What's a blog? Why should I blog?
A blog, among a lot of other definitions, is like a newspaper column in the sense that an author has a bit more freedom, especially as to subject matter than do news reporters.
Blogging, as commonly used here, refers to writing to the website's audience on a more-or-less regular time schedule. That could be daily, could be yearly, but in general lies somewhere in between. The reasons to do so are many:
- It will bring you some Internet Credibility.
- It will give you a track record as an author.
- You will develop an audience over time who will look to you for answers, and believe what you tell them (as well they should, since you do know what you're talking about.)
- You will have an opportunity to review products and processes like a film critic.
- You can collect your "columns" or posts into e-books and offer them for downloads.
- There is no better way to draw traffic to your website which will "stick" and grow over time.
So maybe you don't feel qualified to do such a thing, maybe you don't have time, maybe you don't feel you write well.
That being the case, you supply the facts and figures, we will write the blog posts. No don't laugh! It happens all the time.
So now the website is built and tested, all bugs are fixed, and even the designer likes it (it could happen). So there's nothing left to do but launch and promote...
Author William Patrick Kinsella's 1982 novel "Shoeless Joe" was the source text for the film entitled "Field of Dreams." The most famous quote from the film, of course, goes like this:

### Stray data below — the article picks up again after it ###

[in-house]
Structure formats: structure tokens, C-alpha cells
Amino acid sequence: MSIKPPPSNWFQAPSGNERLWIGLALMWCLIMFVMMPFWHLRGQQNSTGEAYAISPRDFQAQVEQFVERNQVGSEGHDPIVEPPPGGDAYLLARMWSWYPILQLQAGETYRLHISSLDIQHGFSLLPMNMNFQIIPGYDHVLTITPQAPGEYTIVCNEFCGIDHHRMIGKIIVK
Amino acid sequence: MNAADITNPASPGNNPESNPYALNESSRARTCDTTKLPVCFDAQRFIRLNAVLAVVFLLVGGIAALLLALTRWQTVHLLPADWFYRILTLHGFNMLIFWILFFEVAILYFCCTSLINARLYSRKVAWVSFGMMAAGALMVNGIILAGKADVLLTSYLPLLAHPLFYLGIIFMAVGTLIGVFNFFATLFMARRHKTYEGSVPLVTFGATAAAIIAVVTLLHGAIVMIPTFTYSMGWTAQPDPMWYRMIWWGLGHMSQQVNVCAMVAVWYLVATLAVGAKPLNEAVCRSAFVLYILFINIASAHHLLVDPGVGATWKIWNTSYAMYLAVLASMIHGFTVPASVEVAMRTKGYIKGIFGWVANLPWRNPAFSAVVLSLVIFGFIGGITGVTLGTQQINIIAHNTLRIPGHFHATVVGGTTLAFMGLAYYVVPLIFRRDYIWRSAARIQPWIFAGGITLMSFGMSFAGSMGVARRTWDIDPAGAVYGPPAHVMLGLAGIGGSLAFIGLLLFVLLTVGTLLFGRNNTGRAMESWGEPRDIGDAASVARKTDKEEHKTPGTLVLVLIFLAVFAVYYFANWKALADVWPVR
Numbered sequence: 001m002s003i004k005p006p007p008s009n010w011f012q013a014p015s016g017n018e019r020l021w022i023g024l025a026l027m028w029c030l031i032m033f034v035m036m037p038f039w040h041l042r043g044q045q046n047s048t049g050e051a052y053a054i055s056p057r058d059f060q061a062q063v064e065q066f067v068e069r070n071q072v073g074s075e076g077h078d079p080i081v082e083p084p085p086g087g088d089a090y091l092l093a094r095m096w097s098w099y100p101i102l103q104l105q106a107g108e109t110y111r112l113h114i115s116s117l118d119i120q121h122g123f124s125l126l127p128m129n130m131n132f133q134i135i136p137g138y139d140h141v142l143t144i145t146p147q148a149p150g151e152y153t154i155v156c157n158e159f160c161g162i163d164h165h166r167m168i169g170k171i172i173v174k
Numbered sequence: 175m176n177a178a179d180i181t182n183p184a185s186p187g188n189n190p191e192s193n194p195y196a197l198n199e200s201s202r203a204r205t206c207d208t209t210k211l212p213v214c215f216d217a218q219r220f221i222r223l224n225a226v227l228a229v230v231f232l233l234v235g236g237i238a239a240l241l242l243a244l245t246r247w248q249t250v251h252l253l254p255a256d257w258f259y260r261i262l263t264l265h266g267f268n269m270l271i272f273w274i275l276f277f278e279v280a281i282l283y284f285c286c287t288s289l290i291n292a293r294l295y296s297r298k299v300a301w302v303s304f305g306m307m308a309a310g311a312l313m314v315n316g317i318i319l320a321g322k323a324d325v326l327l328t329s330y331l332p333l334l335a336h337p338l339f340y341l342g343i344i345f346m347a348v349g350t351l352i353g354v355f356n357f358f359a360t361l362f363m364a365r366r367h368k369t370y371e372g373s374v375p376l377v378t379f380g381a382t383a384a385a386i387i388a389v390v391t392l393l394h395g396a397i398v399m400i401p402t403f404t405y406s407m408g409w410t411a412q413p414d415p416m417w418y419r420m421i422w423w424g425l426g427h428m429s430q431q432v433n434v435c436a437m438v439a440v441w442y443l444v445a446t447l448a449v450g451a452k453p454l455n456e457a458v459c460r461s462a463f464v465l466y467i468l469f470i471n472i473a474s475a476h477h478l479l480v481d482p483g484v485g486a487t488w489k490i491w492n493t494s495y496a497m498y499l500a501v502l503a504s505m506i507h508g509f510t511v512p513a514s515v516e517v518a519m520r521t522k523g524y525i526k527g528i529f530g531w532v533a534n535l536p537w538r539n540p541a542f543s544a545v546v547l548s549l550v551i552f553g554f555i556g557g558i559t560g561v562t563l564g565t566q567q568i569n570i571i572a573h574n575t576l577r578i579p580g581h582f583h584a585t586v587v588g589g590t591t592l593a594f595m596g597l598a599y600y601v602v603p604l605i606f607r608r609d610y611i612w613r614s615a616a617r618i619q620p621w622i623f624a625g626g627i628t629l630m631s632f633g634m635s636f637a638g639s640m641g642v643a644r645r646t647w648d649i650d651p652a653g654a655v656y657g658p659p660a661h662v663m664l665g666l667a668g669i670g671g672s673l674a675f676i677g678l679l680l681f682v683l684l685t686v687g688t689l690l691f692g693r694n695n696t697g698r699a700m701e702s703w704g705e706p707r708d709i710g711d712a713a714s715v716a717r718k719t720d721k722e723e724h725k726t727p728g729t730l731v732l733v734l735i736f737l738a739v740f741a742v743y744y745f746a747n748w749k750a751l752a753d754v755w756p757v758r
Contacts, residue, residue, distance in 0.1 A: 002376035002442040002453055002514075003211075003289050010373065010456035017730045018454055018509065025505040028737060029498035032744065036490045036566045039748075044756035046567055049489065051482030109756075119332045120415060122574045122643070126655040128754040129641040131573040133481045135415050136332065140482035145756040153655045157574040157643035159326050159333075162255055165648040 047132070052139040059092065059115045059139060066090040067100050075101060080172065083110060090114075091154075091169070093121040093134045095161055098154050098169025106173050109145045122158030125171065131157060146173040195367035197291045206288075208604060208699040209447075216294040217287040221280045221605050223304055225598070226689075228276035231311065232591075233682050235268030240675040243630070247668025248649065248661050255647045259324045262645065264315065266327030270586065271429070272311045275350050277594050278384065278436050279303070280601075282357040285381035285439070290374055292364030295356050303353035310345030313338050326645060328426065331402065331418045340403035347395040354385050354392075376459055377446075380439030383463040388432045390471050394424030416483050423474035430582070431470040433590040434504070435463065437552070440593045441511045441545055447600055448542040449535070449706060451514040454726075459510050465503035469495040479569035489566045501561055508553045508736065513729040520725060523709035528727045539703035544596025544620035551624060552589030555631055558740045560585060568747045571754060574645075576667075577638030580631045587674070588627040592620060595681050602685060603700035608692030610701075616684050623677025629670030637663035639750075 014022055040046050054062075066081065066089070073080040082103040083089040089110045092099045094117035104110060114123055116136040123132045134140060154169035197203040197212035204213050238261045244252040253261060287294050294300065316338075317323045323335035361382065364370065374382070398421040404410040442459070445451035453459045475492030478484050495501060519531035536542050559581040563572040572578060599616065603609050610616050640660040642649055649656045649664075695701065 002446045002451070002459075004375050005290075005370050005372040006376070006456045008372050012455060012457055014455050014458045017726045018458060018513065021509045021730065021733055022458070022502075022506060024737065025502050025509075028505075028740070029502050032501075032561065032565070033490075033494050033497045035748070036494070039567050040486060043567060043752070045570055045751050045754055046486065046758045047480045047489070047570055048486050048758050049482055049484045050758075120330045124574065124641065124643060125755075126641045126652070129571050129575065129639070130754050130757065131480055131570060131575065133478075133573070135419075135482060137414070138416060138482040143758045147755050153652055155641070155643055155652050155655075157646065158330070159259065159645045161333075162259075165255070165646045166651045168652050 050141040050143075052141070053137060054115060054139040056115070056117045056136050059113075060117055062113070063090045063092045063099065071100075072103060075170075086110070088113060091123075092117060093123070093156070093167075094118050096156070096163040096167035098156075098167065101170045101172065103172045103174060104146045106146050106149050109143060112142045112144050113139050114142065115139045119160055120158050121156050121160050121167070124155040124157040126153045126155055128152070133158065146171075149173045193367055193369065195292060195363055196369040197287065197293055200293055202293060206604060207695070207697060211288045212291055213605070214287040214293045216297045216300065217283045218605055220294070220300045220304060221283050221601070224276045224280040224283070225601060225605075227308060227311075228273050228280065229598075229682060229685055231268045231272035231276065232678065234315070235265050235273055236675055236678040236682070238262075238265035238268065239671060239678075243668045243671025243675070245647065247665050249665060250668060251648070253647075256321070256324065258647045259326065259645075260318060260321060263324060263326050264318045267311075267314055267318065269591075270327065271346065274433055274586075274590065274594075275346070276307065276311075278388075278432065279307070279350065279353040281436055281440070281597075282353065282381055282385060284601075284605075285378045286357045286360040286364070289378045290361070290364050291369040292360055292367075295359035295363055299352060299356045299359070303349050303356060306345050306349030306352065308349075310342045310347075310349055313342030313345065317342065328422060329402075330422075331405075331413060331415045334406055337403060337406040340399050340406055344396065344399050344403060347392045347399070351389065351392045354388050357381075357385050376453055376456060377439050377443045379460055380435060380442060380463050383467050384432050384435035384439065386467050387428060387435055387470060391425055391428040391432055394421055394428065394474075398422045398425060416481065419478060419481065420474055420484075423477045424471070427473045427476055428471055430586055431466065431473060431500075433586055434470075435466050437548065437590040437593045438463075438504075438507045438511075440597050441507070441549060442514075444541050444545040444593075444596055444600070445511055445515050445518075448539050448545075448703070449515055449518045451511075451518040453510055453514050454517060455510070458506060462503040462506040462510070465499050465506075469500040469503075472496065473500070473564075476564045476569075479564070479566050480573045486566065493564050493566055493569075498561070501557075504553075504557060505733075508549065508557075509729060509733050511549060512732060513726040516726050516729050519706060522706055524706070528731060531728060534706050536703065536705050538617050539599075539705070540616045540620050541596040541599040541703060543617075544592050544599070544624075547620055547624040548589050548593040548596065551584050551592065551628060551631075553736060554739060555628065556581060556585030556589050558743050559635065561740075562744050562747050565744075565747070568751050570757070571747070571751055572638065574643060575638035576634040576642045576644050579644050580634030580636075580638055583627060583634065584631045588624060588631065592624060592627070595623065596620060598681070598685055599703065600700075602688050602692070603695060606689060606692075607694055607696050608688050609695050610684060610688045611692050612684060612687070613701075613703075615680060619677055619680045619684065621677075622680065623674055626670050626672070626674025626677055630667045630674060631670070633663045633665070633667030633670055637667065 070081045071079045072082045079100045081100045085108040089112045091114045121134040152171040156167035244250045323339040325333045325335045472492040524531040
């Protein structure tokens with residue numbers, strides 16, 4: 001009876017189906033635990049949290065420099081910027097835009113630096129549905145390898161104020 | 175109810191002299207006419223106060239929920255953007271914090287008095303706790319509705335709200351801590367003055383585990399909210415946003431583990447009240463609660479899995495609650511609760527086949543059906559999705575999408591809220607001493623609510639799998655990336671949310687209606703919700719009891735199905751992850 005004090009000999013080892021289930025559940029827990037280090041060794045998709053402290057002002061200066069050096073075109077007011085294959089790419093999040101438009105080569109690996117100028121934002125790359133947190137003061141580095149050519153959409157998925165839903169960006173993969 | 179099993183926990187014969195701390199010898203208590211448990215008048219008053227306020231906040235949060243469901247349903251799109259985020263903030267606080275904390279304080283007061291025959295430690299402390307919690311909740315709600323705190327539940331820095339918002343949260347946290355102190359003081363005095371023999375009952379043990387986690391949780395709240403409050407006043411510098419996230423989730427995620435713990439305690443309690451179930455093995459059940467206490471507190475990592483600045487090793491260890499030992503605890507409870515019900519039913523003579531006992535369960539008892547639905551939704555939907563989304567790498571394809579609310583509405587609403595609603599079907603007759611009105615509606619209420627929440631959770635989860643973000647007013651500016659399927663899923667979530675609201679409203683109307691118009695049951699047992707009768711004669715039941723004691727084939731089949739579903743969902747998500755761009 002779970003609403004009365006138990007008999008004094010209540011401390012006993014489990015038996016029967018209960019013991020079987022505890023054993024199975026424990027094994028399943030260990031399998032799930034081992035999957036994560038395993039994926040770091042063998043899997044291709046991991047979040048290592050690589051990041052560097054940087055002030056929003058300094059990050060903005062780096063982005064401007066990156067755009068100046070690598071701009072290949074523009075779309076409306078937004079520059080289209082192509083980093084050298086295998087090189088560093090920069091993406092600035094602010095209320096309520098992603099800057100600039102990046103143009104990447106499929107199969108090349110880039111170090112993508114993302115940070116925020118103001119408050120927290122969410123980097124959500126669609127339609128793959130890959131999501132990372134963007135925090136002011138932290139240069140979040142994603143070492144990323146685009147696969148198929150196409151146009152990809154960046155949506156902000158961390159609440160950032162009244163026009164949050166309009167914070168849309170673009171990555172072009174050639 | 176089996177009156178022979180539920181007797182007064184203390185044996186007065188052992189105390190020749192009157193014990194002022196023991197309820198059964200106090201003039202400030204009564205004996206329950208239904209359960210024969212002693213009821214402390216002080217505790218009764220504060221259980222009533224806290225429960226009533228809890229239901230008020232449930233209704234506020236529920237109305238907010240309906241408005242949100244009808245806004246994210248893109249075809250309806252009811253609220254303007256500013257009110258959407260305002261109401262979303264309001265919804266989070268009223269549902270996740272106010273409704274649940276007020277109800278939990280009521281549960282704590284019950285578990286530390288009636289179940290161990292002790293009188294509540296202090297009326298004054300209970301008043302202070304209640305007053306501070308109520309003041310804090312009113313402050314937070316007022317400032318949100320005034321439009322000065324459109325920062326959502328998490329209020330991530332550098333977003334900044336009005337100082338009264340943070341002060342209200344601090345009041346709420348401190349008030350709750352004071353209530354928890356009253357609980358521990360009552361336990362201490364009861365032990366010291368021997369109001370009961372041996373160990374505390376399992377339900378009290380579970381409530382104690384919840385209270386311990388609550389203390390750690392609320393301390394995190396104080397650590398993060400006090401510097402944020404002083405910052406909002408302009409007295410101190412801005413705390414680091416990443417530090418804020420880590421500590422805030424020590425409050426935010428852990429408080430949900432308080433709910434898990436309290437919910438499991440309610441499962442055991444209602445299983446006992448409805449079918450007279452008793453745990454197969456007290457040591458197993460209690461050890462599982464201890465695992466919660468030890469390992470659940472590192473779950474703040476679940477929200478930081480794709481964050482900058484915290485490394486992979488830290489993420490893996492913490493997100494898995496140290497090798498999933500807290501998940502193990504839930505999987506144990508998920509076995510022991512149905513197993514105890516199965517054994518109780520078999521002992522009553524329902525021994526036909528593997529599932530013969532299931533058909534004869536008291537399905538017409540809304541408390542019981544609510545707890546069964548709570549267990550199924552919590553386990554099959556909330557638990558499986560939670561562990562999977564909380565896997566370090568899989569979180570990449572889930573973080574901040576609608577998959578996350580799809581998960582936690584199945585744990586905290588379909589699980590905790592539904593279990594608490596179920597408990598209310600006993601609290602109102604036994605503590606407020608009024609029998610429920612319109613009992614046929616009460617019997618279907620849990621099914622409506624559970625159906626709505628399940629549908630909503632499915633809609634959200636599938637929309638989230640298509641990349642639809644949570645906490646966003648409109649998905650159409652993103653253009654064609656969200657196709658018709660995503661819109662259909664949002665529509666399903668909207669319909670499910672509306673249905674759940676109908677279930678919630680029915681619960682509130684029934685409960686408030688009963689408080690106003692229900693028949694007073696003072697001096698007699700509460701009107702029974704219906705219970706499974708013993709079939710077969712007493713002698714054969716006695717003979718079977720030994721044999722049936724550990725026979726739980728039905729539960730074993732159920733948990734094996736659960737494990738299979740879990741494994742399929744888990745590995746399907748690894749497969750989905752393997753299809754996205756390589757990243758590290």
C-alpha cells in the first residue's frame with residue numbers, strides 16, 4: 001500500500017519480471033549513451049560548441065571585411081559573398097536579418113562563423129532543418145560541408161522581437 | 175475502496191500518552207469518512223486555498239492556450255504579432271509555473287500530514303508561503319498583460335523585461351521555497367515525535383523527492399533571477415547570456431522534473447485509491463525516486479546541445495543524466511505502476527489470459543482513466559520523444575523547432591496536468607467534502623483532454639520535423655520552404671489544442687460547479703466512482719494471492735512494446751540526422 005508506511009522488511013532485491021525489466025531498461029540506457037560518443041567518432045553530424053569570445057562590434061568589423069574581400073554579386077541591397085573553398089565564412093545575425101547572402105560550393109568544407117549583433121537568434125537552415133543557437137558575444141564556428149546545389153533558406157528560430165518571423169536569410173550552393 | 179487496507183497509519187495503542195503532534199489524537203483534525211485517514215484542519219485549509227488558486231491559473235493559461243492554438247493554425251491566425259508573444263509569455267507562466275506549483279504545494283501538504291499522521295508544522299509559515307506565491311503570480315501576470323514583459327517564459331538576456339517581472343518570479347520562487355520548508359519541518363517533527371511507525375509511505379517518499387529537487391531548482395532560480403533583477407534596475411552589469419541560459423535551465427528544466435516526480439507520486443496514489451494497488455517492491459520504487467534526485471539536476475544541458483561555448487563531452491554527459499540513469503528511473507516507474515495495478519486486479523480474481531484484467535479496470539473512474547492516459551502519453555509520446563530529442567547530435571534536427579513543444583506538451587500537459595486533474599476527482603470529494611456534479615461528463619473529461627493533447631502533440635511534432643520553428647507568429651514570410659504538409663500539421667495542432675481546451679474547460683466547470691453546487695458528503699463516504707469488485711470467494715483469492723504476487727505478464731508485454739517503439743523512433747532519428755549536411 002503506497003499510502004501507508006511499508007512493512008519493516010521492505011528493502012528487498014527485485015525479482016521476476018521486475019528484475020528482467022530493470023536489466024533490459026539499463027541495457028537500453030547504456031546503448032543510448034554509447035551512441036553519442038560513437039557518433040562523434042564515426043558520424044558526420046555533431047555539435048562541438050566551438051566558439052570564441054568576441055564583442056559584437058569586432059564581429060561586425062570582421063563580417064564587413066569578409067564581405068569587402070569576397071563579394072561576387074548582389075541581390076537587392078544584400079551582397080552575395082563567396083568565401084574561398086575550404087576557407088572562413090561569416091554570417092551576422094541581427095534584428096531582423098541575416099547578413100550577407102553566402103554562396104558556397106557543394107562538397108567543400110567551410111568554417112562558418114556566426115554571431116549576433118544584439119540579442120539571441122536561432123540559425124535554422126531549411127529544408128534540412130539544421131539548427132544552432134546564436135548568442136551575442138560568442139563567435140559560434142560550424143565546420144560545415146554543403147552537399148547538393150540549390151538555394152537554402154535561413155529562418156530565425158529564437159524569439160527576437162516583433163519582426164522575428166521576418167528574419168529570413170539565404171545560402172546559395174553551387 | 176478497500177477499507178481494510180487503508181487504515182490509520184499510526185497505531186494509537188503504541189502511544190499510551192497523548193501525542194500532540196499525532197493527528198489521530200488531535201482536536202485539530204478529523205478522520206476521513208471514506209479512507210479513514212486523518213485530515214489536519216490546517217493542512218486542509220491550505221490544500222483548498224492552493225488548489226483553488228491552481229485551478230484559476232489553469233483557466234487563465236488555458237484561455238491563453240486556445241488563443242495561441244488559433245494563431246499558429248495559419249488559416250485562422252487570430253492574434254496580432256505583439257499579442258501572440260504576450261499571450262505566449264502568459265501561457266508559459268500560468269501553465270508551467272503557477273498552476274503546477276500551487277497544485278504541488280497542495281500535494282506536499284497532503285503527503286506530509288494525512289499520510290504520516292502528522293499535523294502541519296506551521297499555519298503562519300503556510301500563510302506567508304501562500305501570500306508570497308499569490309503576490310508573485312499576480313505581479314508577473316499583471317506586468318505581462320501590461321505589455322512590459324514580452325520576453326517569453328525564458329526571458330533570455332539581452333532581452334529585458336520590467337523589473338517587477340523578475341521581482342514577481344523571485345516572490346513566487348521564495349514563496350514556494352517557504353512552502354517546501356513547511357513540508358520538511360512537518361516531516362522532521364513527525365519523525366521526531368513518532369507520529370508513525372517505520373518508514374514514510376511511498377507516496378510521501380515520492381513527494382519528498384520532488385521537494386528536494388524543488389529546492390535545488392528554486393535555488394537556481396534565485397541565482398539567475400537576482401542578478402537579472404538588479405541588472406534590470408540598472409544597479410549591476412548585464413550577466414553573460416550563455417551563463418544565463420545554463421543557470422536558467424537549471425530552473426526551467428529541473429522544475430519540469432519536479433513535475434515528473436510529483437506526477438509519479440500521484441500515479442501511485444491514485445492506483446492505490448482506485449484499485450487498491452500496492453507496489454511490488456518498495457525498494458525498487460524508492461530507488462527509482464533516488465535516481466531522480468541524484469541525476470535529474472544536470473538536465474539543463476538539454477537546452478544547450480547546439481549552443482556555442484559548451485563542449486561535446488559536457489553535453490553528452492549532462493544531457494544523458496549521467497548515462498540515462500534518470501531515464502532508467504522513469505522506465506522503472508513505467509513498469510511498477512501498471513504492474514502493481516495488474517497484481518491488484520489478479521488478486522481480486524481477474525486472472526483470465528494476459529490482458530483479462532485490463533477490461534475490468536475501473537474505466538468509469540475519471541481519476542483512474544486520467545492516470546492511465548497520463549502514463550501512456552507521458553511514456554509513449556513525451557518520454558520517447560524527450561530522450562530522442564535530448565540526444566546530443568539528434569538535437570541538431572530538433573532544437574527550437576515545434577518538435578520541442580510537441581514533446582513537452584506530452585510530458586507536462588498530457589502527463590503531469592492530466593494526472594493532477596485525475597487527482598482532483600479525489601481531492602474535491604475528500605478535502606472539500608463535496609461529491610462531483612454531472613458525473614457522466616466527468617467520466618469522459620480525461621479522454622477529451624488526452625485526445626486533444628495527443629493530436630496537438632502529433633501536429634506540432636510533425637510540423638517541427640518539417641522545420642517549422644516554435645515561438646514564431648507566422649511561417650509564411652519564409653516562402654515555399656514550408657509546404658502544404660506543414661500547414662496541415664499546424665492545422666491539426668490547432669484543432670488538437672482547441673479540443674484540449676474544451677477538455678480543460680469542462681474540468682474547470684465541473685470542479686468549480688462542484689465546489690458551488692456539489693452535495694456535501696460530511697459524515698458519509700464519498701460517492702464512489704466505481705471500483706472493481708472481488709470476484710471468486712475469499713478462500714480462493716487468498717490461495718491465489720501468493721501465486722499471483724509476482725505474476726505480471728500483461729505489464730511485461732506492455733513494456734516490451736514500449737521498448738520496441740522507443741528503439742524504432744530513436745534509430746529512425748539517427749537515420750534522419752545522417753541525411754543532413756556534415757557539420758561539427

"If you build it, they will come."
Well, we loved the movie, but that quote does not apply to websites. We have seen a great number of websites conceived and executed with brilliance which turned out to be miserable failures because no one considered what to do to promote them after launch.
The ideal promotion tactics call for a mix of advertising and PR efforts, calculated to spread the word in the intended geographical market.
You could also put a small sliver of the promotional budget into pay per click ads, but we have yet to enjoy much success with that tactic for a new web project.
Even if you ordinarily don't put forth an organized Public Relations effort, you should consider it for your website launch, particularly if your site has technology which is new to websites in your industry.
Many websites have been successfully launched with event-based promotion. If your company goes to trade shows, have a kiosk displaying the website in your booth, and have website specific coupons or special offers in your literature packages.
So those are the steps we think you should take in making a new website. If you'd like help costing out a project, give us a call, we're happy to help.